For Immediate Release
The UN Committee Against Torture today firmly rejected the Bush administration's distinction between physical and psychological torture, a finding strongly supported by Physicians for Human Rights (PHR). The administration's unprecedented and unfounded interpretation of psychological torture has provided immunity for those who engage in techniques like hooding, mock execution, long-term isolation, sleep deprivation, sexual and religious humiliation, and threats of death.
"The Bush administration should respond by explicitly prohibiting all forms of torture in the new Army Field Manual, including techniques of psychological torture" said PHR Executive Director Leonard Rubenstein. "The administration's deliberate and distorted misinterpretation of our anti-torture law has opened the door to widespread and systematic psychological abuse of detainees in US custody throughout the world and has degraded the discipline, traditions, and honor of our armed services in the process."
The Committee's condemnation of psychological torture comes at a historic moment for US-based psychiatrists. Government documents and reports have shown that military psychiatrists and other mental health professionals were asked to contribute directly to the infliction of psychological abuse in interrogations, particularly as members of Behavioral Science Consultation Teams (BSCTs). At its annual meeting in Toronto next week, the American Psychiatric Association's Assembly will be asked to approve a policy advanced by the APA board prohibiting psychiatrists from participating directly in interrogations. "The decision to be made by the APA Assembly," Rubenstein said, "will have enormous impact on the ethical integrity of the psychiatric profession, and can serve as a striking denunciation of psychological torture and abuse in general. PHR urges the Assembly to adopt the prohibition of psychiatrists' participation in interrogation."
PHR also calls on the Department of Defense to end its use of health professionals to design, approve, consult on or monitor interrogation, as members of Behavioral Science Consultation Teams (BSCTs) or in any other capacity, and to ensure that new guidelines on health personnel involvement in interrogations are fully consistent with internationally accepted standards.
The Committee explicitly rejected the Bush administration's interpretation that acts of psychological torture that are prohibited include only those that cause "prolonged mental harm." Rather, the Committee confirmed, the prohibition of psychological torture under the Convention Against Torture, ratified by the United States in 1994, covers "a wider category of acts, which cause severe mental suffering, irrespective of their prolongation or its duration."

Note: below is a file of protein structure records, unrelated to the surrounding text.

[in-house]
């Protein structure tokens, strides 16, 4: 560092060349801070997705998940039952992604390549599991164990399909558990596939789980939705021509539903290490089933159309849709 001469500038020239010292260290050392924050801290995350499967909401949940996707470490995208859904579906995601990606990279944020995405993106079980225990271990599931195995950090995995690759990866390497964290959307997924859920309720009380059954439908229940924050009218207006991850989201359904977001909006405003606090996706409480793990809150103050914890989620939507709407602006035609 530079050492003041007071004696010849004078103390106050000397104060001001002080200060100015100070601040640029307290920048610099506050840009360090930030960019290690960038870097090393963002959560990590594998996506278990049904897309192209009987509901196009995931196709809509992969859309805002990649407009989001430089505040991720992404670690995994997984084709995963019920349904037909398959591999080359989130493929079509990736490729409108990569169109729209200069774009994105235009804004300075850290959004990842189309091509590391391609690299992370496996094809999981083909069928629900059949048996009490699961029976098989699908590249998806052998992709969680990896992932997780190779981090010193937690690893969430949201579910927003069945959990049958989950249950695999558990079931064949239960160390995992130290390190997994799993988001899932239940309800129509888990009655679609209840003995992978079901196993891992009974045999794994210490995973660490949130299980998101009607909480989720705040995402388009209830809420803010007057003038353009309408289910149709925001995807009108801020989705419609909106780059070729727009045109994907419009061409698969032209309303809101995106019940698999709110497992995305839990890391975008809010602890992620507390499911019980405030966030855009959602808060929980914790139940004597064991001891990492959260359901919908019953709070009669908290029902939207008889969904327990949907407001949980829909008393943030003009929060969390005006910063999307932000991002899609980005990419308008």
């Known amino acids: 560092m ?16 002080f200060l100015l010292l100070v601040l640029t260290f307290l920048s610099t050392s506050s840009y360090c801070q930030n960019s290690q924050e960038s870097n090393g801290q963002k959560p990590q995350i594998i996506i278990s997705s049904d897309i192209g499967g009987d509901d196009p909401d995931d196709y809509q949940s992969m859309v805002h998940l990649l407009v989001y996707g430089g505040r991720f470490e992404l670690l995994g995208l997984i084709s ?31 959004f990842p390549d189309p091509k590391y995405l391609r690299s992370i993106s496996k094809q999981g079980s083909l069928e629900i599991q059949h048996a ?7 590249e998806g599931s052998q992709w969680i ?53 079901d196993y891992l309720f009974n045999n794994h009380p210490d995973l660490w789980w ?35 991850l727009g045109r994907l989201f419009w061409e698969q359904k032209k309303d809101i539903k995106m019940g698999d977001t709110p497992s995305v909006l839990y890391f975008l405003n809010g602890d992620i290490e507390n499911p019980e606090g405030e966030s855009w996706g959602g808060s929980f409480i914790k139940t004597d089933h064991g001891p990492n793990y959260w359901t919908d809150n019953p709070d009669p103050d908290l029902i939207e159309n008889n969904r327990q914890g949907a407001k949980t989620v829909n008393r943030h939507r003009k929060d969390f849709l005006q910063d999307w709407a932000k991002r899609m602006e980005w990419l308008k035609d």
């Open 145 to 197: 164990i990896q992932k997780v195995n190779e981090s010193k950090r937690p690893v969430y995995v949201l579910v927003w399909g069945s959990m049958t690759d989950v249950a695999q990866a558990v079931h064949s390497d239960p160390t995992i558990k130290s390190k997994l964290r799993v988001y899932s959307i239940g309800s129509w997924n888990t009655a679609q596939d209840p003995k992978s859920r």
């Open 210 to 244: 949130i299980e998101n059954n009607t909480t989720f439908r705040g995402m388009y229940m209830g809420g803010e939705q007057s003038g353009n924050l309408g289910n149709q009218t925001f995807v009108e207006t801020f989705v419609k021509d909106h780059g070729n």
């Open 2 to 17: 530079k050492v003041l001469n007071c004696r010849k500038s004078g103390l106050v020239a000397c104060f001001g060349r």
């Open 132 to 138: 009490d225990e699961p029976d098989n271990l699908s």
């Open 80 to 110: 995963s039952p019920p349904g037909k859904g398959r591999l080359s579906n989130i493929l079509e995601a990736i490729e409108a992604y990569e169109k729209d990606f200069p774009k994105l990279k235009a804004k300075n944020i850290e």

These techniques of psychological abuse have long been classified as torture by the US State Department; however, the Bush Administration reinterpreted the law on psychological torture to require proof of prolonged suffering, rather than defining psychological torture according to the tactics used.
The Committee also called on the US government to rescind any form of psychological torture and cruel, inhuman and degrading treatment, including sexual humiliation, "water boarding", "short shackling" and using dogs to induce fear, and to "investigate, prosecute and punish perpetrators" of mental or physical torture. PHR documented the use of these and similar techniques, as well as their harmful health consequences, in the 2005 report, Break Them Down.
The long record of attempts of self-injury of detainees at Guantanamo, which has included four recent suicide attempts, may well be the result of the kinds of interrogation techniques, as well as overall conditions, to which detainees have been subject. PHR reiterated its call for an independent medical review of the conditions under which detainees are confined and their impact on the health of detainees.
PHR also strongly endorsed the other findings of the United Nations Committee Against Torture's review on US compliance with the Convention Against Torture, including the calls to close the Guantánamo Bay detention facility, end the practice of extraordinary rendition, release the location of secret US prisons, and allow the International Committee of the Red Cross access to all detainees.
Physicians for Human Rights (PHR) is a New York-based advocacy organization that uses science and medicine to prevent mass atrocities and severe human rights violations. Learn more here.